Investing in Better Patient Care

The Pentacam is an indispensable diagnostic tool that provides the basis for precise and reliable diagnostics and successful treatment of the anterior segment.

By Thomas P. Arnold, OD, FSLS

If there is one thing I wish my current self could tell my younger self, it is that the more information you have, the easier it is to provide the very best service to your patients. In my 33 years of private optometry practice (as owner of Today’s Vision Sugar Land), I have learned that the difference between a successful and unsuccessful outcome—whether while performing surgery, monitoring disease progression, or fitting a sophisticated contact lens—is information. Information is critical in so many aspects of our practices, but none so much as in diagnostics.

For me, the Pentacam (Oculus) is an indispensable diagnostic tool that provides the basis for precise and reliable diagnostics and successful treatment of the anterior segment. The reason the Pentacam technology is the gold standard worldwide1 is because it does its job well and does not overwhelm with information not useful in planning patient care. We have only had the Pentacam a short time, but I am already wondering how we worked without it. Its interface is incredibly intuitive, resulting in a short learning curve for our staff.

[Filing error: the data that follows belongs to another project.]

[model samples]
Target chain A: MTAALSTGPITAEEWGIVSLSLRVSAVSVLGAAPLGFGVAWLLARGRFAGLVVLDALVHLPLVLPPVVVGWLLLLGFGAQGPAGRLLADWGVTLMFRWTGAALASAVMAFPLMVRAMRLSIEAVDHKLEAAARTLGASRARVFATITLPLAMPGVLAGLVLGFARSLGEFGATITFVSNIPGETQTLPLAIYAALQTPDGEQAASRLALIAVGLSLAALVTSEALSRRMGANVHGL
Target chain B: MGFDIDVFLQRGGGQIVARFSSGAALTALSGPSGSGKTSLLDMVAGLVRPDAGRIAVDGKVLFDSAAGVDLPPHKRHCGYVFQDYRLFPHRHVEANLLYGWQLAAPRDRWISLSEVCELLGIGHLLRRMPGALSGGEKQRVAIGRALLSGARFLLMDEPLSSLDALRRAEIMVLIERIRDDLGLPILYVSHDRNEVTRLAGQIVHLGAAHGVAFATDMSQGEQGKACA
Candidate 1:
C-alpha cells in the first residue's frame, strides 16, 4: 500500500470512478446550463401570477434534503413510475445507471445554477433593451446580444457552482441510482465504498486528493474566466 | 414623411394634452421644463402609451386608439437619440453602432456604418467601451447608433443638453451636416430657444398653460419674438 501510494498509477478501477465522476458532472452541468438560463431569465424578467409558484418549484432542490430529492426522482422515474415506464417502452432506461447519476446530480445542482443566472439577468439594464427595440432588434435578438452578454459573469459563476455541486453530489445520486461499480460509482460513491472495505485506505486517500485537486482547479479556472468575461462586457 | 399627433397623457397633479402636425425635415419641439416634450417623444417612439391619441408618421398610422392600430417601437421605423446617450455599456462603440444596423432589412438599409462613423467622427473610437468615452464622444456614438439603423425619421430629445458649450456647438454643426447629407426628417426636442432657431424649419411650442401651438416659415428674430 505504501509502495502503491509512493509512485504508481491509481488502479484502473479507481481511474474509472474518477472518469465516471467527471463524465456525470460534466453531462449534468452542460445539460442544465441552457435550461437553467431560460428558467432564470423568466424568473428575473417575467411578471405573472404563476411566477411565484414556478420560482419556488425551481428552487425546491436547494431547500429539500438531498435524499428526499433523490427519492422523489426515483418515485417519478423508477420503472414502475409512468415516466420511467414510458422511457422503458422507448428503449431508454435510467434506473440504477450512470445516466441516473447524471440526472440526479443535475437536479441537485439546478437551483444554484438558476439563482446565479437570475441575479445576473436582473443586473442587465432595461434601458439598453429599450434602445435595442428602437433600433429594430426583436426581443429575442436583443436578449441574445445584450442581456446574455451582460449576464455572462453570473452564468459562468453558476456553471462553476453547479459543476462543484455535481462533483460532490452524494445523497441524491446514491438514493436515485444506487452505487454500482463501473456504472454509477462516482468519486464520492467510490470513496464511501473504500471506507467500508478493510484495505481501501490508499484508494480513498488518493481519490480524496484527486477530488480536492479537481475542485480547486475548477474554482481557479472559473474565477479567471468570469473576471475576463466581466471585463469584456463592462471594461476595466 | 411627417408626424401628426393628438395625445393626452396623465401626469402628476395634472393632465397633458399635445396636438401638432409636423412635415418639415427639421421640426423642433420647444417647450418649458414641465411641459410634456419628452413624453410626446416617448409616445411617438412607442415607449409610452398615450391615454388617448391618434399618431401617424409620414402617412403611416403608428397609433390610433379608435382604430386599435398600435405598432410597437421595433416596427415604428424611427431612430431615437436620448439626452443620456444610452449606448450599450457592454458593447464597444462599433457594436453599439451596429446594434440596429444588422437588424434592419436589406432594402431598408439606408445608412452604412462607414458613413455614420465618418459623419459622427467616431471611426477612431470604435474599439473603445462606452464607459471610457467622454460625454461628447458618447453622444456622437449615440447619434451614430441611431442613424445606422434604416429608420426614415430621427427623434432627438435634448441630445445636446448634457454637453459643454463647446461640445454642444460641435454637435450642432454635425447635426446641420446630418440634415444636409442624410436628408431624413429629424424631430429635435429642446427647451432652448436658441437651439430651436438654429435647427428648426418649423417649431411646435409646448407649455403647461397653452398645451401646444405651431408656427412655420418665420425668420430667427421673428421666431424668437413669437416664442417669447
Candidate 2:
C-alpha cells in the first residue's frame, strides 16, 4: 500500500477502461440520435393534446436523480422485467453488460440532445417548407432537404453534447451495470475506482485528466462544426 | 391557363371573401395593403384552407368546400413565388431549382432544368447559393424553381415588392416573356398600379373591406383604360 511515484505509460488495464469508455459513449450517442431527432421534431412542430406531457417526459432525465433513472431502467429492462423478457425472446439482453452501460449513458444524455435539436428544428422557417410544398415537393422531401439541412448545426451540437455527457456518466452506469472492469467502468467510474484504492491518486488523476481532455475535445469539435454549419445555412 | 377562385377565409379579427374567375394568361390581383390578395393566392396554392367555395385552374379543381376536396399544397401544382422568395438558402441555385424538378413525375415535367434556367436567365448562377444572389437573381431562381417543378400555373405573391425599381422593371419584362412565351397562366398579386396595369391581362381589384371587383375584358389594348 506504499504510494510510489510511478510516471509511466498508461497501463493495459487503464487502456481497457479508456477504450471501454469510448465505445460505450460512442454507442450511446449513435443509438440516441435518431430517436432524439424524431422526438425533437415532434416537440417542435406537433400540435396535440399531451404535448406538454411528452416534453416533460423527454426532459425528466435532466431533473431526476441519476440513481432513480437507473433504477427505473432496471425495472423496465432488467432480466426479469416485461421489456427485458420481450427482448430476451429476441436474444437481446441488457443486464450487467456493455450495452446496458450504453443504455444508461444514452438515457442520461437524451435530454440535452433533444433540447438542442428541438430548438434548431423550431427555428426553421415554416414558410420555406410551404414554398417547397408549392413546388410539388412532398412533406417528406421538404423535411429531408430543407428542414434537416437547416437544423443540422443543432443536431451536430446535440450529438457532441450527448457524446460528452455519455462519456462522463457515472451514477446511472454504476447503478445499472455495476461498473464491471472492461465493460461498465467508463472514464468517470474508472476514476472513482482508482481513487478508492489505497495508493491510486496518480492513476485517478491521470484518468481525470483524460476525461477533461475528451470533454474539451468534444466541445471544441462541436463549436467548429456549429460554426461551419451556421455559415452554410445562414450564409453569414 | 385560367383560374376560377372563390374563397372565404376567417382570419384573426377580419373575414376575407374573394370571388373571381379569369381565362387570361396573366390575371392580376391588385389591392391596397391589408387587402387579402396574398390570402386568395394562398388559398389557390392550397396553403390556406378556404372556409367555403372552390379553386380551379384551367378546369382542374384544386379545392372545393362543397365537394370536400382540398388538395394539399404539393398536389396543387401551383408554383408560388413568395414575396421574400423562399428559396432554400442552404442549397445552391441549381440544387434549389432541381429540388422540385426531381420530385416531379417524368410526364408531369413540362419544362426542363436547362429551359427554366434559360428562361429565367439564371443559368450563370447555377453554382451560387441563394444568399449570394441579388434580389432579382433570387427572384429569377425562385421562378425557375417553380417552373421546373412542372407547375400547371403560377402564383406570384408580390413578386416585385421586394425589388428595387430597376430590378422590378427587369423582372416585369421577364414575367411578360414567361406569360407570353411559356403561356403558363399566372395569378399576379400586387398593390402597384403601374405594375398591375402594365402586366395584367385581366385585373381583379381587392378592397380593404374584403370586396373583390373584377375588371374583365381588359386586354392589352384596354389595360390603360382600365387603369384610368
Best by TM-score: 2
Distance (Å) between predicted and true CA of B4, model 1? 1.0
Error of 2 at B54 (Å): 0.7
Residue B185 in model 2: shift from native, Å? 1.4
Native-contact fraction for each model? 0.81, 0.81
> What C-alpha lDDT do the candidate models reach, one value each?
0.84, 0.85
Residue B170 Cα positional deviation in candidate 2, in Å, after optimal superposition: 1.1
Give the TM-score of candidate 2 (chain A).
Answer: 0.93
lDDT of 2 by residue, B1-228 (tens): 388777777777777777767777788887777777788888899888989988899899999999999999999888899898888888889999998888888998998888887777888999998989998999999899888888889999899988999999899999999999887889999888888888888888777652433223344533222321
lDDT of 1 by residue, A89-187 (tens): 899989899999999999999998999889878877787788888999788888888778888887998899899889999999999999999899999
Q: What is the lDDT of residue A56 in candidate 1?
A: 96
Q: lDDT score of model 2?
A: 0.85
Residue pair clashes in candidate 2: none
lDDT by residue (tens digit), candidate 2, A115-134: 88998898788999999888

How the Pentacam Technology Works

We use the Pentacam mainly for early ectasia detection and glaucoma, refractive, and preoperative and postoperative screening, as well as for cataract and refractive surgery planning.

The Pentacam combines a slit illumination system and a Scheimpflug camera, which rotate together around the eye. A thin layer within the eye is illuminated through the slit, and the cells scatter the slit’s light. This creates a sectional image that is then photographed in a side view by the Scheimpflug camera. Both the anterior and posterior surfaces are measured from limbus to limbus, and corneal thickness is represented over the whole surface. This allows us to quickly determine the thinnest part of the cornea (to pre-emptively screen for keratoconus), but also gives us a quick and reliable overview of the entire cornea.

We have found the image is not affected by the patients’ tear film. Because a large number of patients have dry eyes, we need to be cognizant of how their surface issues may affect imaging. For patients who use artificial tears, we can compensate for potentially false data. Fortunately, the Pentacam is designed to overcome that issue, ensuring an accurate image.